Saturday, July 7, 2012

Killdeer on the Drive


For two of the last three years we have had the privilege and pleasure of hosting a nesting pair of killdeer on our driveway, right in front of the house. Or perhaps they are hosting us. We have been able to watch them from our picture window, and from late May in 2010, through the month of June and this year, up to the 5th July we have had the binoculars handy.

The process begins with the arrival of two adult birds. With little short burst of running they scamper hither and thither, stopping now and then to pick up something from the ground, presumably an insect. Every now and again one or other (there is no sexual dimorphism so I have no idea who is who in the sex stakes) seems to settle into a potential hollow in the gravel and see if the body can be wiggled into a comfortable spot. 

Then things get serious. After a few brief bouts of mating the birds settle on their chosen spot. 

Adult killdeer on the nest. The red eye ring and black and white bnds are distinctive.
An adult about to sit on a single egg

Here they will sit for about a month, changing the guard, just like at Buckingham Palace, every now and again. We have no Alice to tell us about it, or Christopher Robin to go there with her, but we have checked every morning, even before putting the kettle on.  In certain lights it is quite difficult to find the nest, especially if the bird is sitting with its back to the window. Luckily we have no shortage of dandelions on the drive and they give us the marker.  

Our drive way is all gravel so the choice of a nest site has been ideal for these little birds. The eggs are so well camouflaged that one really has to look closely to see the black and light grey mottling and distinguish it from the surrounding array of various-sized stones. In fact one tell-tale is that the three or four eggs all have the same pattern, whereas no two real stones are either the same size or colour.  


Suddenly one morning we see the first chick. Here it is peeking out from under a parent bird.It seems to vary from wide awake to snooze quite regularly, but within a day it is out and about, foraging in the rocks and rushing about just like its parents. 
Snooze time for a chick!

Then there are two, three and eventually all have hatched. In 2010 we did note that the chicks came back to the nest at dusk and snuggled under a parent for the first couple of days. Within another two or three days the nest site has been abandoned and the birds may be anywhere on the drive, in the grass, on the flowerbeds or even out on the road a couple of hundred metres from the original nest site.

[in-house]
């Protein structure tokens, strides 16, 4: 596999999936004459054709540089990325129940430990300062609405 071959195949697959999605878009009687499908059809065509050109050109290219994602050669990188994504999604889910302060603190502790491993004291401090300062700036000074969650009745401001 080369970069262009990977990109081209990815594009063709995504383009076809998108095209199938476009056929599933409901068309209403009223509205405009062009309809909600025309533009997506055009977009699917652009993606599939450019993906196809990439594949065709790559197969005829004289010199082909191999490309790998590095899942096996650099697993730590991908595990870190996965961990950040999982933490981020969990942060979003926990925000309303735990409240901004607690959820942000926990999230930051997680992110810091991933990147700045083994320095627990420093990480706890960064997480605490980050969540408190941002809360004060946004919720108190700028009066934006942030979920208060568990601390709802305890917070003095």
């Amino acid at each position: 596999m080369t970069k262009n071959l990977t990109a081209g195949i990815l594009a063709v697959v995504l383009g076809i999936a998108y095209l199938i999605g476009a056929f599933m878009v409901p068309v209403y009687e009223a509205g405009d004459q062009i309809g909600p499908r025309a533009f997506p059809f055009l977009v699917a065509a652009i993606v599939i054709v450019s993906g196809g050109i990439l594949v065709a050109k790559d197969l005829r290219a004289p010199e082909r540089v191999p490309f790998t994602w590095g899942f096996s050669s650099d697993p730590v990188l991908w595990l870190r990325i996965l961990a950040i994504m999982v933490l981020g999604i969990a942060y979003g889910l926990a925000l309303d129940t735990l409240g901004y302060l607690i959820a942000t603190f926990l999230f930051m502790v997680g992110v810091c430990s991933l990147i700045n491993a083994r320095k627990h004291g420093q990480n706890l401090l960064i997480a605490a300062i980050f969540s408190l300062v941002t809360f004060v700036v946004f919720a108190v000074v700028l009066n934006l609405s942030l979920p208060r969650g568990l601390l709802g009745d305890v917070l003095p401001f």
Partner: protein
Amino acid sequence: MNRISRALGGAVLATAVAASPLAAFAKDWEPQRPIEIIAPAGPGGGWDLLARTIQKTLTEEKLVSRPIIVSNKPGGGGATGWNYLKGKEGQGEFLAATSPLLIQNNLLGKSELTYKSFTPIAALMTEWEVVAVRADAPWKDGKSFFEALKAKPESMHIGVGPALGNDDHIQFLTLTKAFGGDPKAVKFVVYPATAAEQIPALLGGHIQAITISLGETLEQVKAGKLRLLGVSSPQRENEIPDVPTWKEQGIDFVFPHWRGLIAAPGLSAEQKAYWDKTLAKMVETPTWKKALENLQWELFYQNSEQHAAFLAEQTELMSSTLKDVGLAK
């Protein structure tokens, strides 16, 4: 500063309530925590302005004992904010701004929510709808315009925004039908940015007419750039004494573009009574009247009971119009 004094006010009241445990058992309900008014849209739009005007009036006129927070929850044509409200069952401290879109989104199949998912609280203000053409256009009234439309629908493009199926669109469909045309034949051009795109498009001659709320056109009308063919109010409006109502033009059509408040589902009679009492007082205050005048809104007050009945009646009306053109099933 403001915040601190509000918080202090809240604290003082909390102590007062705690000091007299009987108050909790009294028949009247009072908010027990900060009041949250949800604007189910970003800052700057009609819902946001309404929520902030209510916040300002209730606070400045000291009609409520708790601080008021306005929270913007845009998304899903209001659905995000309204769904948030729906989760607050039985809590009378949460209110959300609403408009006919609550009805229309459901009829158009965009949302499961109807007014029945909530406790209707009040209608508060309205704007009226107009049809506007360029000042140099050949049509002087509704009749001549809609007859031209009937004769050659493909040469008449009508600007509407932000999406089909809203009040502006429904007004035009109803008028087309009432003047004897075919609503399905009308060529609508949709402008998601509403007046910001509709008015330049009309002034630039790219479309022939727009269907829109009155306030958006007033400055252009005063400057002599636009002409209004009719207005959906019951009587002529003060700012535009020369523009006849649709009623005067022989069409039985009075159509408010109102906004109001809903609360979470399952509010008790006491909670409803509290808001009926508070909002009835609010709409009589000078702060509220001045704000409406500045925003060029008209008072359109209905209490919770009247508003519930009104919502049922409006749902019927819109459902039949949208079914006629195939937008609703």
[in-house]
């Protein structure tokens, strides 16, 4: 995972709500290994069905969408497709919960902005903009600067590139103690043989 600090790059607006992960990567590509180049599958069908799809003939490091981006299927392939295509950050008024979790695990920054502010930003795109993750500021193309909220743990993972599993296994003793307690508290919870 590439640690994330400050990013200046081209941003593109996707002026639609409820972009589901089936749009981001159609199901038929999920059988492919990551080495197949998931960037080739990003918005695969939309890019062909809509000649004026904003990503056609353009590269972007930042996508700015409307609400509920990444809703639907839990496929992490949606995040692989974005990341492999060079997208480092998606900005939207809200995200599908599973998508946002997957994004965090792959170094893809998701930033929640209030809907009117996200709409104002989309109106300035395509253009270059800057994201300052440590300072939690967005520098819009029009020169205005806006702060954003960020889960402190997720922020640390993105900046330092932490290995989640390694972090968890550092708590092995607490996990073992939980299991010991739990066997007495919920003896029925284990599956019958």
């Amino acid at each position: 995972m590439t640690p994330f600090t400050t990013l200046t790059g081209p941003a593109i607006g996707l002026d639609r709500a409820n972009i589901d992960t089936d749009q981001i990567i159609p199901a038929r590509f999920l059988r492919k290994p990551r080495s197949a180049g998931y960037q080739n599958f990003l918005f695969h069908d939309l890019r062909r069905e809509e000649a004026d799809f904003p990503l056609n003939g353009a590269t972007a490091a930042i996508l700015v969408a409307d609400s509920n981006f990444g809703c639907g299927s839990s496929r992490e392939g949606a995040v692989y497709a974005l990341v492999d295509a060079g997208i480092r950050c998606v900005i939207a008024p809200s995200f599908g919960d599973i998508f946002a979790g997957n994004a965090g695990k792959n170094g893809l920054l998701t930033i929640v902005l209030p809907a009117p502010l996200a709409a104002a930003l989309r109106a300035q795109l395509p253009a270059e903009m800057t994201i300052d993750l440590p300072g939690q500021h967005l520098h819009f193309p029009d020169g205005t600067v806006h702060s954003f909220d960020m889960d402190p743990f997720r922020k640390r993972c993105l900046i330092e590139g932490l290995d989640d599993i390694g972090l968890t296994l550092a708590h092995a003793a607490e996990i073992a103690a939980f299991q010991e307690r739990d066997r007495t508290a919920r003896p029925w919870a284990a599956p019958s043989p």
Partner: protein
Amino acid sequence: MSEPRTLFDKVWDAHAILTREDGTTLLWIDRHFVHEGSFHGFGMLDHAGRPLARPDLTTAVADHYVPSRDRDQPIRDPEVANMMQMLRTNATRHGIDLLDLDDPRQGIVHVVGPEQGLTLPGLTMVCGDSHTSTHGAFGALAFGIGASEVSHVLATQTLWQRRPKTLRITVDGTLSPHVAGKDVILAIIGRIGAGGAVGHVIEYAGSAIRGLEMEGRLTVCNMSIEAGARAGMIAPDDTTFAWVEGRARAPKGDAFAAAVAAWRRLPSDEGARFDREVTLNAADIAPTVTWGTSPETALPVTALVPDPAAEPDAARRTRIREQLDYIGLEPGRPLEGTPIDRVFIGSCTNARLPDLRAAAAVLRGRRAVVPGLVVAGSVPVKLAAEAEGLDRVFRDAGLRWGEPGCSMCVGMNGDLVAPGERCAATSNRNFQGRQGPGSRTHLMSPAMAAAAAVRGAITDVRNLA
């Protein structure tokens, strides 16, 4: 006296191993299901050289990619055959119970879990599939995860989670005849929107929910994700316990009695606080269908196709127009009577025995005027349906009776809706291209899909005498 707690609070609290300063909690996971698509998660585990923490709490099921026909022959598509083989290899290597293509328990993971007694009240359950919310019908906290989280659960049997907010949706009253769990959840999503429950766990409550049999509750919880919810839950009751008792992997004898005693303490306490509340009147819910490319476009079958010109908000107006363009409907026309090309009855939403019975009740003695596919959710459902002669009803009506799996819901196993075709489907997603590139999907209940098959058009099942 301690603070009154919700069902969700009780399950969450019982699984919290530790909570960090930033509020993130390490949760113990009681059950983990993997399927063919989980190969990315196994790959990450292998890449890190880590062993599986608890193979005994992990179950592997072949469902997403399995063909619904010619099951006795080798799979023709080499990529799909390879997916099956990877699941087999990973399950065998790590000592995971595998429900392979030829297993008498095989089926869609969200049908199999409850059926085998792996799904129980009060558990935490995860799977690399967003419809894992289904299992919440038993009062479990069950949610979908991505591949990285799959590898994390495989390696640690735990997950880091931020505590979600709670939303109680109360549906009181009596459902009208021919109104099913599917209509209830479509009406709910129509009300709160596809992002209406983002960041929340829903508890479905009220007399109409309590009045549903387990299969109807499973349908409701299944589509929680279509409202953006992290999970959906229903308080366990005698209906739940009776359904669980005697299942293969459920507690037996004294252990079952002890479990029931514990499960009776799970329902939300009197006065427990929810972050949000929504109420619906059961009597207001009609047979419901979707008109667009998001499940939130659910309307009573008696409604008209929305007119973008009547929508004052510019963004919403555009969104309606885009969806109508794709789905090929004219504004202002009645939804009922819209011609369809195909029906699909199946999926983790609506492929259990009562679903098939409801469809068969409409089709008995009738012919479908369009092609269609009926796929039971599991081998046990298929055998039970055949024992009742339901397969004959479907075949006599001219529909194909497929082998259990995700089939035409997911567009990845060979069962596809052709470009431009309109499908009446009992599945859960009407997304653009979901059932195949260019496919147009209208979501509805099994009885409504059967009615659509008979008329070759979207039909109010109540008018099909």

When away from the parents the chicks are on the move most of the time. Here, two chicks, slighly out of focus in the background, are difficult to distinguish from their surroundings.
 
Sixteen days after hatching we have seen the first attempts at flight. By then the chicks have more than doubled in size and are about half as big as the parent birds.

Charadrius vociferous. That is the name that taxonomists have given to this little member so the plover family. The scientists are right on, and at no time are the birds more talkative than when they want to lure any potential threat away from their nest. 

They also indulge in the characteristic plover distraction behaviour, trying to convince us that they will make easy meat with that seemingly broken wing. It is not just us, as they have grown accustomed to our comings and goings to the garden, but much more important for them is the unwanted attention of crows and magpies.

Of course it is all a sham. Once they have led us away from the nest or the new chicks they will suddenly take off, squeaking away and saying, according to some folks, killdeer. It is a sharp high-pitched note and I cannot get the word killdeer out of it, parse it as I may, but no worries. 

That which we call a rose by any other name and so on.

4 comments:

Food, Fun and Life in the Charente said...

What fun and great photos. We have just raised a family of Black Redstarts in the garden. Such fun watching them. Diane

Jerry Haigh said...

As you say, fun watcbhing. We have wrens in a nest box near the house and bluebirds or tree swallows using the sewer pipe nest boxes I blogged about a while back. The killdeer are fun becaseu they are right our fton and not hidden in the bushes or nest box.

Katherine said...

What a lovely post, illustrated abundantly! I have done a bit of work with waders down here in NZ, and even have a rare Shore plover individual named after me... an honour indeed.

Jerry Haigh said...

Thanks Katherine. This year something (we think a feral cat, or maybe a garter snake) got the kildeer eggs before hatching. Sad and something you are all too familiar with in NZ. Can you send me a picture of the NZ plover and tell me where it was taken. We have been to NZ several times (work with deer) and I have done one chapter in my last book of moose in NZ.